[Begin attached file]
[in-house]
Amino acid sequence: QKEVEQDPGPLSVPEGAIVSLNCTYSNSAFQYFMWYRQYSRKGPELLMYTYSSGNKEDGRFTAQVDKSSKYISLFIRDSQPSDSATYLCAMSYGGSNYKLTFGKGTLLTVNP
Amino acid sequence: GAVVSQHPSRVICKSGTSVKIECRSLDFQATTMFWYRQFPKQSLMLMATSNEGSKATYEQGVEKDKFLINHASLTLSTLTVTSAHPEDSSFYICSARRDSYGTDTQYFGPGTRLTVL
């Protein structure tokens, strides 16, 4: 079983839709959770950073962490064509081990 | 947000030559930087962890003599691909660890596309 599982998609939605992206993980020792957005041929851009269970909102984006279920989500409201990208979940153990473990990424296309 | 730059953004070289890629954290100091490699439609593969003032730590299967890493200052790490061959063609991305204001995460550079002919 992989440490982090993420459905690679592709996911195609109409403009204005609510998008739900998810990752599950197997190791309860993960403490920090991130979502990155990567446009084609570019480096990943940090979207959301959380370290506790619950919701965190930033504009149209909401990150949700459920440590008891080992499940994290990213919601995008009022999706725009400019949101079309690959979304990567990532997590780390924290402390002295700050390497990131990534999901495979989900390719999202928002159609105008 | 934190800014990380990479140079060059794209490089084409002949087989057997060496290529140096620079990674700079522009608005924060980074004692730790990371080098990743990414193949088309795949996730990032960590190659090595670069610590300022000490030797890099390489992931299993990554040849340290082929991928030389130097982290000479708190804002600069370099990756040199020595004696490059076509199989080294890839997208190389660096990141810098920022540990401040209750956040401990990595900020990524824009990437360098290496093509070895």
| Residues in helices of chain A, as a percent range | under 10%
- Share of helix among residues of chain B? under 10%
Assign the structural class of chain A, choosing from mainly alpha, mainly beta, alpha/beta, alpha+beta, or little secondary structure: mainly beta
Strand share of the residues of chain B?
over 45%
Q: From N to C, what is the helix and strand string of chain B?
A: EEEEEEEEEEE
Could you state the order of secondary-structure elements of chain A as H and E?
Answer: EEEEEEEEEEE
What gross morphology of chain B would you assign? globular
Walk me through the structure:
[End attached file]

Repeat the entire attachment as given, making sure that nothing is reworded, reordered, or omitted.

[in-house]
Amino acid sequence: QKEVEQDPGPLSVPEGAIVSLNCTYSNSAFQYFMWYRQYSRKGPELLMYTYSSGNKEDGRFTAQVDKSSKYISLFIRDSQPSDSATYLCAMSYGGSNYKLTFGKGTLLTVNP
Amino acid sequence: GAVVSQHPSRVICKSGTSVKIECRSLDFQATTMFWYRQFPKQSLMLMATSNEGSKATYEQGVEKDKFLINHASLTLSTLTVTSAHPEDSSFYICSARRDSYGTDTQYFGPGTRLTVL
């Protein structure tokens, strides 16, 4: 079983839709959770950073962490064509081990 | 947000030559930087962890003599691909660890596309 599982998609939605992206993980020792957005041929851009269970909102984006279920989500409201990208979940153990473990990424296309 | 730059953004070289890629954290100091490699439609593969003032730590299967890493200052790490061959063609991305204001995460550079002919 992989440490982090993420459905690679592709996911195609109409403009204005609510998008739900998810990752599950197997190791309860993960403490920090991130979502990155990567446009084609570019480096990943940090979207959301959380370290506790619950919701965190930033504009149209909401990150949700459920440590008891080992499940994290990213919601995008009022999706725009400019949101079309690959979304990567990532997590780390924290402390002295700050390497990131990534999901495979989900390719999202928002159609105008 | 934190800014990380990479140079060059794209490089084409002949087989057997060496290529140096620079990674700079522009608005924060980074004692730790990371080098990743990414193949088309795949996730990032960590190659090595670069610590300022000490030797890099390489992931299993990554040849340290082929991928030389130097982290000479708190804002600069370099990756040199020595004696490059076509199989080294890839997208190389660096990141810098920022540990401040209750956040401990990595900020990524824009990437360098290496093509070895």
| Residues in helices of chain A, as a percent range | under 10%
- Share of helix among residues of chain B? under 10%
Assign the structural class of chain A, choosing from mainly alpha, mainly beta, alpha/beta, alpha+beta, or little secondary structure: mainly beta
Strand share of the residues of chain B?
over 45%
Q: From N to C, what is the helix and strand string of chain B?
A: EEEEEEEEEEE
Could you state the order of secondary-structure elements of chain A as H and E?
Answer: EEEEEEEEEEE
What gross morphology of chain B would you assign? globular
Walk me through the structure: